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  • We’re Gonna Die
  • Dan Venning (bio)
Second Stage Theater, New York, NY

The last show I saw before theatres were shuttered in New York City on March 12, 2020, could not have had a more prophetic title. Two days earlier, on March 10, I traveled from Schenectady to see Raja Feather Kelly’s revival of Young Jean Lee’s semi-autobiographical and genre-bending rock musical We’re Gonna Die. The performance was completely sold out and all seats were filled, but there was an aura of trepidation in the air. Should we all be there? Were we endangering ourselves or the other audience members? How bad might the pandemic get? Might theatres and other gathering places be shut down? Less than forty-eight hours later, most of these questions were answered. The only thing that was certain was in the title of the show—we all are going to die, someday—but little did we know how real this would become, or how quickly.

As audiences entered the Tony Kiser Theater, we were greeted by a digital display next to the risers, and above it, a note reading “the number of people who have died during the course of this performance.” The numbers slowly ticked upwards as we entered the theatre; by the time I left less than two hours later, the numbers had reached 5,945. Before the show started, a neon sign with the title of the play in all caps (“WE’RE GONNA DIE”) moved back and forth in front of the stage as the speakers blasted pop songs with on-the-nose lyrics, such as Lana Del Rey’s “Born to Die.” David Zinn’s set was a purgatorial waiting room, with chairs facing a vending machine stage left. At center right, a massive spiral staircase extending up into the fly space and down into a pit below it. Throughout the show, the lighting cast a pastel violet pallor over everything, and along with their funky costumes, this made the performers look like they should be at an underground punk party instead of a waiting room (if that’s where that are at all). At minute-long intervals throughout the show, a balloon falls from above, [End Page 60] landing and bouncing around the stage, sometimes coming to rest and occasionally falling into the pit at the base of the spiral staircase. The central role (called “Singer”) was played with vivid intensity by the Black artist Janelle McDermoth, who won an Outer Critics Circle Award for her performance. McDermoth made the semi-autobiographical fictions Lee had originally written for herself ring true on that night on the eve of the lockdown.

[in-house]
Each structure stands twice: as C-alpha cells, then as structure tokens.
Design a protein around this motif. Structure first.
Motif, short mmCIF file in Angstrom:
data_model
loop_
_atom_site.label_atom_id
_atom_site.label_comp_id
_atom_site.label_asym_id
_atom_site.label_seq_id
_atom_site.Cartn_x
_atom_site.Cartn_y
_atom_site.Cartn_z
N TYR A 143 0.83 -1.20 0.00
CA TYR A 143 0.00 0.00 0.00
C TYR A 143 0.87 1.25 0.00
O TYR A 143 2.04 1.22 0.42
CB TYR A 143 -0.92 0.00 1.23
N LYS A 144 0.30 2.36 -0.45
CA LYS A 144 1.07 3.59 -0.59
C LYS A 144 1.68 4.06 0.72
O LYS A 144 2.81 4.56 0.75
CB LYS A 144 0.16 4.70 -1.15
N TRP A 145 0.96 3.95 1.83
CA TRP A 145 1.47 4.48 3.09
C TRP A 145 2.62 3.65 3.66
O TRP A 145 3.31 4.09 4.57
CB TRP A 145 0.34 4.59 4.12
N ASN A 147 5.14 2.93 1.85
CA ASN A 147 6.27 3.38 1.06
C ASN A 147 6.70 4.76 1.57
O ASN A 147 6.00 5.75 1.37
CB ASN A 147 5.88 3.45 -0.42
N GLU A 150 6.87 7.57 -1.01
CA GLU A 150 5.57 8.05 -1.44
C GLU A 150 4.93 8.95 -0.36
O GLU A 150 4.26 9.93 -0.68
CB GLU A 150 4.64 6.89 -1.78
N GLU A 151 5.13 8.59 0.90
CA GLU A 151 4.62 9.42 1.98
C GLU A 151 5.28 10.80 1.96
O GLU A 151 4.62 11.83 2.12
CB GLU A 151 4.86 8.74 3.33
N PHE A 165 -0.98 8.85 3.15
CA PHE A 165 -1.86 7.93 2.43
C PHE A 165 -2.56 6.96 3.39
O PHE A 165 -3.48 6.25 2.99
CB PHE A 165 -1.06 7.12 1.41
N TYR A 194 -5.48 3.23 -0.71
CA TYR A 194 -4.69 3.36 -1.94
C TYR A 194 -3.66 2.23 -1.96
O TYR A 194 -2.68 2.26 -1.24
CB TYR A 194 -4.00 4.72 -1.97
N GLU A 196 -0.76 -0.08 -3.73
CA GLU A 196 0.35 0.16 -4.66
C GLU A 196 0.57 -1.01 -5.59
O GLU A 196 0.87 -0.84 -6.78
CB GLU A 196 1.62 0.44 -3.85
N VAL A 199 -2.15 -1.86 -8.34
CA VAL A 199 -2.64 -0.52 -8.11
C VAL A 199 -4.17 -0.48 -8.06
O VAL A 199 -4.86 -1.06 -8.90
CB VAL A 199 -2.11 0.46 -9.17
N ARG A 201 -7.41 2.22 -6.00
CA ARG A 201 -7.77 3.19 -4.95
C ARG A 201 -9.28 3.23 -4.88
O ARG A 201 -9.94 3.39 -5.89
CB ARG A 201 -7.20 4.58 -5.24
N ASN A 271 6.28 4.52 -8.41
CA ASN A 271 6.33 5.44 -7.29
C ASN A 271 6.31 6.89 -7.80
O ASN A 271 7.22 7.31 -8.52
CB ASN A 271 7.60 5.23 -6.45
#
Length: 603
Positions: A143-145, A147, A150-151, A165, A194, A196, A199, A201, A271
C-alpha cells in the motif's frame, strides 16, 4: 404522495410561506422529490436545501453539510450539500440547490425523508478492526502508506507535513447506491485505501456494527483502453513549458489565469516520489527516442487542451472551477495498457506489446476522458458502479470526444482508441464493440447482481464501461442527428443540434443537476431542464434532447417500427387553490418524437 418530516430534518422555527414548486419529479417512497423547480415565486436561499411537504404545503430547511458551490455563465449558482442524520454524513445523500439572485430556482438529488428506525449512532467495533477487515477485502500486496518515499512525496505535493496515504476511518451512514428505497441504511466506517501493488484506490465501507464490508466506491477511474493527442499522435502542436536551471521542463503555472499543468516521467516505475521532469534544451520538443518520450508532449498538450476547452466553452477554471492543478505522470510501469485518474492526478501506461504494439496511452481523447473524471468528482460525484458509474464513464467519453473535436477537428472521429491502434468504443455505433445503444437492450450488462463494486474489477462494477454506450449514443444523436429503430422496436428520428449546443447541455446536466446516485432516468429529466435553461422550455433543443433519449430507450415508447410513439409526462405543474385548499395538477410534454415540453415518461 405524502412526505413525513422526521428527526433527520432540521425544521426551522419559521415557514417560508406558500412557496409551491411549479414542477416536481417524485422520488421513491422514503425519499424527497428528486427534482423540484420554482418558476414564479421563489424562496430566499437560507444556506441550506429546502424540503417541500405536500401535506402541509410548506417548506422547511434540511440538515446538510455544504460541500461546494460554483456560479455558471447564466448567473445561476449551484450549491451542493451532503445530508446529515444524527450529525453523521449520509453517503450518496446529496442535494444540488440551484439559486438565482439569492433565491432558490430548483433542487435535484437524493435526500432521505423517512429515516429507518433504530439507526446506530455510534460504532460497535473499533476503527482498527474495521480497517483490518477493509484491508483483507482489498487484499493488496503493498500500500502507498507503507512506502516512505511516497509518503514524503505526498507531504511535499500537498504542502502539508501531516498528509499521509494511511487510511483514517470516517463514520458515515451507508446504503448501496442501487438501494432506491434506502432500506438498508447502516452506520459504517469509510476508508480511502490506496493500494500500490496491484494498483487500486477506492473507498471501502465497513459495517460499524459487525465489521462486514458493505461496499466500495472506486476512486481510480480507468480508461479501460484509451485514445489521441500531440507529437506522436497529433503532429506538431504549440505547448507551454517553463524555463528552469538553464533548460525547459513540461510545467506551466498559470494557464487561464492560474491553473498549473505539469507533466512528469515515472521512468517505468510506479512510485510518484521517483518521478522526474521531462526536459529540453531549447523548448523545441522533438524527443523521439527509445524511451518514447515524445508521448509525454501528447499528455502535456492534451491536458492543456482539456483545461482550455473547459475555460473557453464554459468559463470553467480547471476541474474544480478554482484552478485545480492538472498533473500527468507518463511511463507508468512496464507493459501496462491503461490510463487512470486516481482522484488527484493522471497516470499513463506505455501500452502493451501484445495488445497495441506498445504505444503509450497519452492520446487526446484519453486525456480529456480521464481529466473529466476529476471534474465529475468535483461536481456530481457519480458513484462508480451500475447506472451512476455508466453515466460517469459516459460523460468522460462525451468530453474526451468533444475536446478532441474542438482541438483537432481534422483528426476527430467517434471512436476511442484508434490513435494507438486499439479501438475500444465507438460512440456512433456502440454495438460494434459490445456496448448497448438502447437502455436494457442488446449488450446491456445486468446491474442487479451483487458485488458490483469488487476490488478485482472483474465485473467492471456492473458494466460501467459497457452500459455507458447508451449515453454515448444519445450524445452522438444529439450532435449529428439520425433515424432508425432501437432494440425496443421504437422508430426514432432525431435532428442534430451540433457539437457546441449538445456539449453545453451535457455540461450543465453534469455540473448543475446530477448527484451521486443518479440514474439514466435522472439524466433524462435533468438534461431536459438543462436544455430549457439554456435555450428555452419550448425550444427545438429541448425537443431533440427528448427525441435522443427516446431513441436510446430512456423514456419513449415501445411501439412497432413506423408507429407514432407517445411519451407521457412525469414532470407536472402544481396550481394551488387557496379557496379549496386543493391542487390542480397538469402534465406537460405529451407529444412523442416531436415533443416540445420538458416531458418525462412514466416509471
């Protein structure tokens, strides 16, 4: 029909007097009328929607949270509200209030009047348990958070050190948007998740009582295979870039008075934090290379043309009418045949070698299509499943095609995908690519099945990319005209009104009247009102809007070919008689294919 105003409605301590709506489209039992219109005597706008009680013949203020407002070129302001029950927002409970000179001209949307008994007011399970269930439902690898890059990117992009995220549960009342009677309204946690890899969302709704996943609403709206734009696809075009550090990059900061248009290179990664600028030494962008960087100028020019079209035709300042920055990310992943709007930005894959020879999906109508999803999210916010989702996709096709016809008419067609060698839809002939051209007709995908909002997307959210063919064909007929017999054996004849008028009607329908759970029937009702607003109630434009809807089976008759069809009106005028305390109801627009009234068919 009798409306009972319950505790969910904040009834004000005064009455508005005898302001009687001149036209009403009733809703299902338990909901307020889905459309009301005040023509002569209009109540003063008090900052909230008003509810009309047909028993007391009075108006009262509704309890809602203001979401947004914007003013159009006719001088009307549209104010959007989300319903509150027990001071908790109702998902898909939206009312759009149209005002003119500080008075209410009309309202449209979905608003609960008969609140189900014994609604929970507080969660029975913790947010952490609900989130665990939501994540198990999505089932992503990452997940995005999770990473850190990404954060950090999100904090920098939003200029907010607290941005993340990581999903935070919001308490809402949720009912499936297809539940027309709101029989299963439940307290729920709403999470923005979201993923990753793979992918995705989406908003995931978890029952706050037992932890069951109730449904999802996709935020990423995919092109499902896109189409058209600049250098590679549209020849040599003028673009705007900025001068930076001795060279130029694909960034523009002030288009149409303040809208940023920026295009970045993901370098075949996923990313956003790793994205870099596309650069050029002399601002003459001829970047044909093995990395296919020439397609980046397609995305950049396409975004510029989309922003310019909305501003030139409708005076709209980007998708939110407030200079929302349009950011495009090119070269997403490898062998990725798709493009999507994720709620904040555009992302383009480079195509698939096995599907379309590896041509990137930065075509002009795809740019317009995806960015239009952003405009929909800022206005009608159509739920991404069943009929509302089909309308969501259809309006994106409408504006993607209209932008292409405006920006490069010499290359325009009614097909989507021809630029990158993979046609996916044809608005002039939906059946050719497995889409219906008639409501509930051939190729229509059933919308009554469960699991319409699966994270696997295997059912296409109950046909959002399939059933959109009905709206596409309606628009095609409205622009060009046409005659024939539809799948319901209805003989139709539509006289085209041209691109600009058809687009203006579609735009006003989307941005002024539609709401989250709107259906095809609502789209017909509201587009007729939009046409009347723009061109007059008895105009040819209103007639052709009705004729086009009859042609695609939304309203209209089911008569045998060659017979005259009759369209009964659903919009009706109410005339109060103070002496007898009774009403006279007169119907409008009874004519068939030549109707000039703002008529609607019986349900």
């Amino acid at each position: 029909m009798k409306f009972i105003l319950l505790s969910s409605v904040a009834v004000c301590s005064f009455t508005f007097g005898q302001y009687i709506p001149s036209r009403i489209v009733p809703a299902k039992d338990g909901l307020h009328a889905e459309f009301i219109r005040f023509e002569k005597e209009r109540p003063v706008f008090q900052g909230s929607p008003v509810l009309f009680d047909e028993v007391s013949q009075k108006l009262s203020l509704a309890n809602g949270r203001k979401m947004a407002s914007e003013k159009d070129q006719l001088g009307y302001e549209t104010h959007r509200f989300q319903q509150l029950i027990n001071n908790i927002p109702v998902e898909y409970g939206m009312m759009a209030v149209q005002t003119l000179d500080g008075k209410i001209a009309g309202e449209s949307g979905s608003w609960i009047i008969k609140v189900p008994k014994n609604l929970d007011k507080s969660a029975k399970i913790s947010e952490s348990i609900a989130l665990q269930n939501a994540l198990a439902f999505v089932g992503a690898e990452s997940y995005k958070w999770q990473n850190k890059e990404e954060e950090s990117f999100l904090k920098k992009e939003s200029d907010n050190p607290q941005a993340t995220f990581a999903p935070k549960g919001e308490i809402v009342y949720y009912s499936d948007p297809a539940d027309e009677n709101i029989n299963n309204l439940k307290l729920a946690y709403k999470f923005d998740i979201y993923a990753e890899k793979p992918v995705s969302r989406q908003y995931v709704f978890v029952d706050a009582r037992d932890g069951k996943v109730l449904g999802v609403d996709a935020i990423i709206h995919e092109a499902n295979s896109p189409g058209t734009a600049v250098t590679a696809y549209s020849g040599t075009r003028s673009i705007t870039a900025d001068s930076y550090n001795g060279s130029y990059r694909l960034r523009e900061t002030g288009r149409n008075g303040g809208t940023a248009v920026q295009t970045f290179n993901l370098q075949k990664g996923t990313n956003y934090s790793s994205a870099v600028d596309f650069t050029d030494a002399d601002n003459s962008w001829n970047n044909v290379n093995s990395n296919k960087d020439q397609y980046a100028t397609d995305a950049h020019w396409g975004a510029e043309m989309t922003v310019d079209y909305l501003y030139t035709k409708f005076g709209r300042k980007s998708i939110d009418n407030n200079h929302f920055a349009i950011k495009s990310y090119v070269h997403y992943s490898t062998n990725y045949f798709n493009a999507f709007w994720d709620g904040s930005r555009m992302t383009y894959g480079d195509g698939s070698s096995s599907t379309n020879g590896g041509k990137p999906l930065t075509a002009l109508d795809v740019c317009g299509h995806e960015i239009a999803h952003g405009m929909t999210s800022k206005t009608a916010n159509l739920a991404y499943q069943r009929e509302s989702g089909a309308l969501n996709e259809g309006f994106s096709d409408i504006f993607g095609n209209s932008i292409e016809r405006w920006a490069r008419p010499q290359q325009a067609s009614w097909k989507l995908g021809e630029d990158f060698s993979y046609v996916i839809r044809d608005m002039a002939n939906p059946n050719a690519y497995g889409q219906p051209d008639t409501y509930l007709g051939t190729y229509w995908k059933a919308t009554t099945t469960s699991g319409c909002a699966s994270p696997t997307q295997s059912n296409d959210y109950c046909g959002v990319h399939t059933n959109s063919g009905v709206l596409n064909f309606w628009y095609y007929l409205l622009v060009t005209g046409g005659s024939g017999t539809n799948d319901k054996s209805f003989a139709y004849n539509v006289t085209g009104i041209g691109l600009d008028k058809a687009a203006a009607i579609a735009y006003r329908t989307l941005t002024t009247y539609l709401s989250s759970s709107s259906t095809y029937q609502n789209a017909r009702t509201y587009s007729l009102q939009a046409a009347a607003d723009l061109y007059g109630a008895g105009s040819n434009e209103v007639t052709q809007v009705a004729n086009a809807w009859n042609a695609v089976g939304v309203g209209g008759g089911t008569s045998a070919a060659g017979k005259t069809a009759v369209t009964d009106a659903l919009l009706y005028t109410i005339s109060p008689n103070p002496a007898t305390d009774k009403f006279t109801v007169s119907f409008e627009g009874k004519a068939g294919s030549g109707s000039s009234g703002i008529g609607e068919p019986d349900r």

Lee wrote We’re Gonna Die for herself and her band Future Wife, and first performed it in 2011 at Joe’s Pub under the direction of Paul Lazar. She has written and spoken about how she forces herself to do the hardest possible thing with each new play she writes, and in this case, part of the challenge was writing a rock musical that she had to perform in herself. The show consists of a series of monologues about deeply personal tragedies—lost friendships, lovers, family members—and the ways in which our sufferings, while specific and individual, are in a sense a shared part of the human experience. After each of these monologues, the Singer punctuates the story by performing a song with rock accompaniment in which the lyrics come from words of comfort: her mother’s night-time kindness; her mother’s impersonation of her grandmother; her own thoughts as she falls asleep; a personal revelation after reading a letter from a friend. I missed the original production in which Lee performed the central role, and part of the reason I saw the revival was the way my spouse spoke about her experience of the original: she had gone in 2011 with a friend whose father had just passed away, and the show had seemed particularly powerful because of the context in which they saw it together.

In my own personal experience, We’re Gonna Die will never be divorced from the pandemic. The show, while...


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pp. 60-62
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